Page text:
Marching to Vegas: The Year Of The Bigs

Posted by Adam Butler (@pachoopsab) on January 22nd, 2016

The following is far from scientific but interesting nonetheless. It became an exercise in qualification as opposed to quantification, visualizing the results of the experiment rather than discovering specific measures of validity. The question at hand wasn’t so much a question as it was a feeling, a healthy topic of conversation: sure seems there’s a lot of really good Pac-12 bigs this year. Feels a lot like that exhaustive list of great guards we had in 2014. Do you remember two years ago? That was the year Nick Johnson won the conference’s player of the year award while Joe Young and Jason Calliste lit things up from Eugene, Jahii Carson single-handedly changed how Herb Sendek coached, UCLA featured Jordan Adams and Kyle Anderson and neither was the highest drafted Bruin guard, CJ Wilcox became a first rounder, and we were introduced to a young man named Delon Wright. Guard play, in the 2014 Pac-12 season, was phenomenal. And this year it seems, in a league long and spread on talent, that skill has centralized in the front court. Don’t get me wrong, there are some great guards, but that 2014 list (wildly incomplete above) seems to have given way to a big heavy (not redundant) 2016. Here’s that unscientific list:

Screen Shot 2016-01-22 at 12.07.30 AM

I told you it wasn’t scientific. And I’m not going to measure the number of primary guards (greens) versus bigs (red) in this list of top offensive efficiencies in the Pac-12. There are also so many different ways to qualify “good.” But isn’t this kinda interesting, right? The conference is front court top heavy right now. We aren’t cementing anything, because this is but one “available” measure. Jakob Poeltl might be the best Pac big since Kevin Love.

And it’s more interesting because we’re living in a day and age when the skill of the big man has seemingly been lost. Particularly when you consider the more condensed defenses of the college game, back-to-the-back skills aren’t always reinforced. Isolation isn’t readily available. So why might we be seeing such frontcourt force? There are a number of potential factors. First of all, our 2016 points of emphasis for officials include the area by which to work freely under the basket. That’s a direct change to the space in which these men work. Furthermore, the officials are mandating defenders’ hands stay off these guys when they’re receiving the ball deep. The arm bar won’t fly. This reinforces, for the bigs, freedom of movement, the overarching theme of these emphases. Broadly, we’re seeing the lowest percentage of three-pointers taken in the conference in 10 years. The ball is moving towards the basket and the tall guys are benefiting. When scouring the list, you’ll also notice a number of these guys are seasoned. The bigs are older, been through the ringer and had a few years of coaching. They’re good and probably know it.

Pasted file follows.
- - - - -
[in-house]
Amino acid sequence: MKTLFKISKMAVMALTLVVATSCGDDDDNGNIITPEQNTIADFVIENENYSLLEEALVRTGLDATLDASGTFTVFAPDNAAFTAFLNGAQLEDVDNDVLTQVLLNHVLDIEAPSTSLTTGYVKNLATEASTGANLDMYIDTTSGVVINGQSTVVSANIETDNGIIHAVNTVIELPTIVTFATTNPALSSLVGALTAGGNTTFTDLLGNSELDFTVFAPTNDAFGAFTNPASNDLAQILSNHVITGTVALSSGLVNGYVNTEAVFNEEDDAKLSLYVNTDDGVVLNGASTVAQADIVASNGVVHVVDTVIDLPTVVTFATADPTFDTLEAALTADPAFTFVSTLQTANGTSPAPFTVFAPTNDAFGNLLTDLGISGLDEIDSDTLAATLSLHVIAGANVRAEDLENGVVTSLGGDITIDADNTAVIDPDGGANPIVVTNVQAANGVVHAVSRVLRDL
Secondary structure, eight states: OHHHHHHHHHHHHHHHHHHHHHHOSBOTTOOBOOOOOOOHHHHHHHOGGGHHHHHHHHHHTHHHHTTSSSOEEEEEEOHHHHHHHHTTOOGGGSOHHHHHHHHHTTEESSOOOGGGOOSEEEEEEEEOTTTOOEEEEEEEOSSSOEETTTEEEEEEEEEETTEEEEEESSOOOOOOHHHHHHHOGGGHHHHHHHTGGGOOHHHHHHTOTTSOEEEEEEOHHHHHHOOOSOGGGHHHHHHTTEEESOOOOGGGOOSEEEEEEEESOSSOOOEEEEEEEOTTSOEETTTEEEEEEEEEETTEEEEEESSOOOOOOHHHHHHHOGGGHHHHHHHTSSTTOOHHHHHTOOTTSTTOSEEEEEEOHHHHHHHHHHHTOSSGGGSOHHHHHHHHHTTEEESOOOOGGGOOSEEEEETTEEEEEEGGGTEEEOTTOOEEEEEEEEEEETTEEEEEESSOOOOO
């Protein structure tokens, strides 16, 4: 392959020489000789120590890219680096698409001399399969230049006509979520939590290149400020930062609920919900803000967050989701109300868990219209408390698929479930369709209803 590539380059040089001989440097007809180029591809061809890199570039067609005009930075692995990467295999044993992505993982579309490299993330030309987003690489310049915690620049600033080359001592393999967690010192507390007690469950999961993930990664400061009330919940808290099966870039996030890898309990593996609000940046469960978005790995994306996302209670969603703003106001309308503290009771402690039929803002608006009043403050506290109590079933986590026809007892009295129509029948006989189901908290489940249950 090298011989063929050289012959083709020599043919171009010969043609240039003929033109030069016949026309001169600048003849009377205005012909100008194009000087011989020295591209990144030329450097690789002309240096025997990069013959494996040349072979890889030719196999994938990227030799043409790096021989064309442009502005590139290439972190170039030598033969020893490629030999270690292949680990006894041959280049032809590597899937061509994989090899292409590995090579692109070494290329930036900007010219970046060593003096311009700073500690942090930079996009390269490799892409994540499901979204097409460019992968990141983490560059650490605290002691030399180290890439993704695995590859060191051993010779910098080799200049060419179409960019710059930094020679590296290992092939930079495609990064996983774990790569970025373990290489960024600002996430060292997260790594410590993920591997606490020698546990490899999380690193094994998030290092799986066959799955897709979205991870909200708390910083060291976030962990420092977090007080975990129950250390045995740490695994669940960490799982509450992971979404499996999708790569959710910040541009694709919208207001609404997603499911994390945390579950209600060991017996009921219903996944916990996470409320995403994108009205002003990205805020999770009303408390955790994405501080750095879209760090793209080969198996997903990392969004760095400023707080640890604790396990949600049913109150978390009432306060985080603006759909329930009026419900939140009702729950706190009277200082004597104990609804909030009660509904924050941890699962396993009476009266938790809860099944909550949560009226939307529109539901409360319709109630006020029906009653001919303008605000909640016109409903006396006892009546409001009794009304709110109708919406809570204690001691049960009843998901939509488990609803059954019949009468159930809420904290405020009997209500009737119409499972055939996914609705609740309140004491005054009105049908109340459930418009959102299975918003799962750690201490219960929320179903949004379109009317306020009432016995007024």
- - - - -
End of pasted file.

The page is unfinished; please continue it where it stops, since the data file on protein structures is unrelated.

Colorado's Josh Scott Is The Only Player On Both Lists Above (Kai Casey, CU Independent)

Colorado’s Josh Scott Is The Only Player On Both Lists Above. (Kai Casey, CU Independent)

And really who knows if this is the trend of our game. All those upperclassmen are soon to be gone. The nature of this game – turnover – lends itself to different styles annually. This year, we have a glorious crop of big and skilled players. I’m not entirely sure it will translate to NBA draft picks. Beyond Poeltl, there’s likely not a first rounder amongst them. But I don’t like to make that the hard-and-fast rule of quality, particularly this season and particularly with bigs, even if you can’t teach size. We started this discussion – and this is indubitably a discussion – by noting its lack of scientific effort. We now have a list, a lotta bigs and a few guards, and an appreciation (I hope) for the 2016 Pac-12 big man. And yet this article has no mention of: Tony Parker, Nicola Jovanovic, Chimezie Metu, Kaleb Tarczewski, Dusan Ristic, Eric Jacobsen, Savon Goodman, Chris Reyes, Rosco Allen, Michael Humphries, Chris Boucher, Jordan Bell, Reid Travis, Dillon Brooks

AMurawa (999 Posts)

Andrew Murawa Likes Basketball.

Share this story

Leave a Reply

Your email address will not be published. Required fields are marked *